"Outside a dog a book is man's best friend, inside a dog it is too dark to read!" -Groucho Marx========="The person, be it gentleman or lady, who has not pleasure in a good novel, must be intolerably stupid." -Jane Austen========="I don’t believe in the kind of magic in my books. But I do believe something very magical can happen when you read a good book."-JK Rowling========"I spend a lot of time reading." -Bill Gates=========“Ahhh. Bed, book, kitten, sandwich. All one needed in life, really.” -Jacqueline Kelly=========

Sunday, July 2, 2017

Sunday Salon--- Whistler vacation highlights

Panorama view from Whistler
Weather: lovely, mid 70s. The whole week at Whistler was lovely, with the possible exception of the first day when it was TOO hot. Our time-share condo has no air-conditioning (hey, it's a ski resort, right?) so it can get stuffy and hot inside the unit during the day but it always cools off at night since it is in the mountains.
Sticky Toffee Pudding. Yum!
Happy 35th anniversary to us! Our oldest daughter joined us for the first part of the week since her husband was in Florida. She helped us celebrate our 35th anniversary first at Lakeside Park on Alta Lake, where we reveled in the sun and waded in the lake. That night she paid for dinner at a unique restaurant, Elements: Urban Tapas. Every serving is meant to be shared but comes in small portions. We ordered four tapas, which are brought out one at a time, and a dessert to share. The meal took over two hours and brought to mind the Danish word HYGGE...a feeling of well-being brought on by good company sharing a wonderful experience. The next day we hosted dinner at our favorite Whistler restaurant, The Rimrock Cafe, and yes, everything was delicious again, and yes, we had Sticky Toffee Pudding (our favorite.)
A black bear #1 near the Olympics ski-jumping venue
Bear #2 a little further down the road
Bears: On Tuesday we made our way to the spot where we have found black bears feeding before and sure enough, we located two fellows munching on vegetation not far from where we saw bears last year. We stayed inside our car so we were never in danger and we got a few good photos each. We also played a lot of board games while Rita was with us. The girls and I like games better than Don does, but he will play with us if we are on vacation. We played a seemingly never-ending game of dominoes that went on all day. We also played Five Crowns, Tsuro, and Farkle.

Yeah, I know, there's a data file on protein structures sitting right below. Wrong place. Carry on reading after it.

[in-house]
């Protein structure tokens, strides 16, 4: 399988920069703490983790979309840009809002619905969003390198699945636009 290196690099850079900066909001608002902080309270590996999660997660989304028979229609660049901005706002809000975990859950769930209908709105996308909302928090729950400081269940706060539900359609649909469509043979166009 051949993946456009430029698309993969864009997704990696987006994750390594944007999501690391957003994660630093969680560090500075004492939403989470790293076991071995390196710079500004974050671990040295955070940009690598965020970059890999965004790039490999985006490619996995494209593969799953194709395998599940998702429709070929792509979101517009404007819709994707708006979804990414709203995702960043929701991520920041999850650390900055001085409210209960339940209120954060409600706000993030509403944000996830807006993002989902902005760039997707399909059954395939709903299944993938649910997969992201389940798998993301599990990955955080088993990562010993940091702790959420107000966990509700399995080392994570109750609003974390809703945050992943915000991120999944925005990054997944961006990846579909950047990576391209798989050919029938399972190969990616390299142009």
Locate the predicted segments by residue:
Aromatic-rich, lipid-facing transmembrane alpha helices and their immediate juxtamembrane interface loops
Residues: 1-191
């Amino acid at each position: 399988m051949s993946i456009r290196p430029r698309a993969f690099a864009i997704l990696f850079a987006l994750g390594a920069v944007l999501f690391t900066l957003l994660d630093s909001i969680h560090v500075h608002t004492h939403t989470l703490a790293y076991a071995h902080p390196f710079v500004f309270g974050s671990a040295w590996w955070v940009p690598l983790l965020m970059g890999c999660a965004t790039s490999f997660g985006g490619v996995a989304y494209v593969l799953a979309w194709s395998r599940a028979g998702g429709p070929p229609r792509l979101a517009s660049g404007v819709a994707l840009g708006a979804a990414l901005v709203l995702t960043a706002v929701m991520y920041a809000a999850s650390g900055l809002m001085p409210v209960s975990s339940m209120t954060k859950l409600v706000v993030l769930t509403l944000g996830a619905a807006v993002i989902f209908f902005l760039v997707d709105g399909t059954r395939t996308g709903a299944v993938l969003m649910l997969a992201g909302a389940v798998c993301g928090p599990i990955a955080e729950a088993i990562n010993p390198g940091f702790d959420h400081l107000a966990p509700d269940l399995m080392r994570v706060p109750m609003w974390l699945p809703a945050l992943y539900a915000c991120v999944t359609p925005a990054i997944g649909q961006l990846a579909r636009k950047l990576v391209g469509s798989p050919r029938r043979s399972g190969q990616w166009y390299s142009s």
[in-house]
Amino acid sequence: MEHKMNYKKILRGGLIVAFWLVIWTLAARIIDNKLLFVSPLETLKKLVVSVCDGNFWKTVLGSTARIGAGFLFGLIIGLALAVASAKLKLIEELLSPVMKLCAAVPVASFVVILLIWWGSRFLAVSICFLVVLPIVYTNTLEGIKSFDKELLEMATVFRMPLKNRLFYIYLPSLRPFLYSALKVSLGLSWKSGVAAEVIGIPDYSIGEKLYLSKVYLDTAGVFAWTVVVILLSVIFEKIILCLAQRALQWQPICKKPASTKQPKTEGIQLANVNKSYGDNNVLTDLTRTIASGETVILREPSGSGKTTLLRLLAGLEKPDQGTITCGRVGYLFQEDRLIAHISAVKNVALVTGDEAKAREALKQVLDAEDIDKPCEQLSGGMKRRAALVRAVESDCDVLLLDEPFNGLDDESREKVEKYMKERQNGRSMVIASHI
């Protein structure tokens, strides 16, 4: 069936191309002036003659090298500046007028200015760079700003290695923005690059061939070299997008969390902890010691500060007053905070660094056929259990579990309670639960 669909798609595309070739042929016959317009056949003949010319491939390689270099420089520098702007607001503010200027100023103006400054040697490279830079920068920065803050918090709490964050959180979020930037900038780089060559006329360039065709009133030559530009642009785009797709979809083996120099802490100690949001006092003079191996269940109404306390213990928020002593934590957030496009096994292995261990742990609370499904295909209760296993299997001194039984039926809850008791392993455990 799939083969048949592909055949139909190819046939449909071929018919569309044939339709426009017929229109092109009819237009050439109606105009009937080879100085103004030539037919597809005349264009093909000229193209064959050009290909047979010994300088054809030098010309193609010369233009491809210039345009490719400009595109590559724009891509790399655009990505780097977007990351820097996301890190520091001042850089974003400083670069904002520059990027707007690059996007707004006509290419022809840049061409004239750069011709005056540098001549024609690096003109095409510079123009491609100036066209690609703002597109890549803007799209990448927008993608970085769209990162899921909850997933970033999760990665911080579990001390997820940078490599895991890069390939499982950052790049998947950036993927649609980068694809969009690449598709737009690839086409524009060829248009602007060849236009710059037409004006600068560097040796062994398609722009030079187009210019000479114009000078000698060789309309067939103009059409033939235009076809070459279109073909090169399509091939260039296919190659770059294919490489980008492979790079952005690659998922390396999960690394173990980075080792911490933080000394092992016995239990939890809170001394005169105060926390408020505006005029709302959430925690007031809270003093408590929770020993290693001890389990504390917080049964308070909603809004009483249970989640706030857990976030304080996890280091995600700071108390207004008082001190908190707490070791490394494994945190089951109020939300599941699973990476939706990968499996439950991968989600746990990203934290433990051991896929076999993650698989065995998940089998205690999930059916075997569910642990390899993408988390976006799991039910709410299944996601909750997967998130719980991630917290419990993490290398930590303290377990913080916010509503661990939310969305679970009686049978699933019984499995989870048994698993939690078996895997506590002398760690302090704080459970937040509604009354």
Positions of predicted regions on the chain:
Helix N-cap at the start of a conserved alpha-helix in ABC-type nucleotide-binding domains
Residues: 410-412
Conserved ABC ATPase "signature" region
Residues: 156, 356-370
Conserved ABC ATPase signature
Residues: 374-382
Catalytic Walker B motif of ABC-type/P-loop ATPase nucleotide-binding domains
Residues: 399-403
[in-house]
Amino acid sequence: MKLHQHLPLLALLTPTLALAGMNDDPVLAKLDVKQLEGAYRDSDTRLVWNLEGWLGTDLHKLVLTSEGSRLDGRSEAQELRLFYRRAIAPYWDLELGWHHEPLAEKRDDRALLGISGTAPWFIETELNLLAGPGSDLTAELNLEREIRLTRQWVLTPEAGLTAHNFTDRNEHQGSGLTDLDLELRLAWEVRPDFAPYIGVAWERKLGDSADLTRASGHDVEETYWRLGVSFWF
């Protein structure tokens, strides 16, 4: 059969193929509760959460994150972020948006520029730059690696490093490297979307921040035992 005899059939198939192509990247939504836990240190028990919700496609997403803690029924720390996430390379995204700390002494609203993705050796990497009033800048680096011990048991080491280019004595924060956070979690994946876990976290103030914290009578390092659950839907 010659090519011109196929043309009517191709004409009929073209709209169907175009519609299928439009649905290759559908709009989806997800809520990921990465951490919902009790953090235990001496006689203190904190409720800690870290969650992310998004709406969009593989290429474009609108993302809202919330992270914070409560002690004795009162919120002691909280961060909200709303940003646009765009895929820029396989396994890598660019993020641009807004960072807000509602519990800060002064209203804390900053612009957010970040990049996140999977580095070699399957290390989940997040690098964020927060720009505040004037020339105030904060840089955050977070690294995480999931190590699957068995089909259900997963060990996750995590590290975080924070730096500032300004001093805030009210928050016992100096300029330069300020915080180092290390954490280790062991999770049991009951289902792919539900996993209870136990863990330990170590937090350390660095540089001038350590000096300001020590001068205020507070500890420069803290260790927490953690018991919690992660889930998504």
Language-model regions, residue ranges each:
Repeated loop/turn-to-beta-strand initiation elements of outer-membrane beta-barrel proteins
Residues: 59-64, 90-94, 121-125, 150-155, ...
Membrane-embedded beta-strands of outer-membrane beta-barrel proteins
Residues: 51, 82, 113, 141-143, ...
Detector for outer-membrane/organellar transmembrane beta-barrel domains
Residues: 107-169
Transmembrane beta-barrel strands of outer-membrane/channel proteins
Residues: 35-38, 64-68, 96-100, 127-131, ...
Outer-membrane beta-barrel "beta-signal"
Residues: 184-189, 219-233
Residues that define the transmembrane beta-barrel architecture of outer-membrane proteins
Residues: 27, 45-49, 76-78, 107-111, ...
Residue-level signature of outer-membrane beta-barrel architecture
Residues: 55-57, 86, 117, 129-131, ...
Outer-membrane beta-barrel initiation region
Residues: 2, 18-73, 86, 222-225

On the top of Whistler 
To the top we went: Whistler operates a good portion of their ski-lift chairs and gondolas during the summer months for hikers and bikers to experience the mountain in a different way than they do in the winter. Weather being as beautiful as it was, we decided to head to the top of the mountain for a look around. Once up you can even take a Peak-2-Peak gondola from Whistler to Blackcomb. When we completed the first leg of our mountain journey a guide recommended that we take a chair lift up to the top of Whistler then walk down on a trail which passes snow walls which are still over 15 feet high. The hike, he said, should take us around 45 minutes and we would end up at the gondola to ride over to Blackcomb. That sounded like a great idea and it was in the beginning. The views of the other mountains in the range were spectacular. The weather was perfect, very warm with blue skies. We started the hike and were in awe of the walls of snow and ice. Then we hit the part of the hike which had a very steep decline and my poor toes got jammed into the front of my shoes to the point that the pain in my big toes was pretty intense. I vow to never go on another hike without first buying some good hiking boots that fit my feet! We made it down, thanks to Don's willingness to go slow and let me lean on him, and enjoyed the rest of our mountaintop experience.

A view of the mountains from the dock on Alta Lake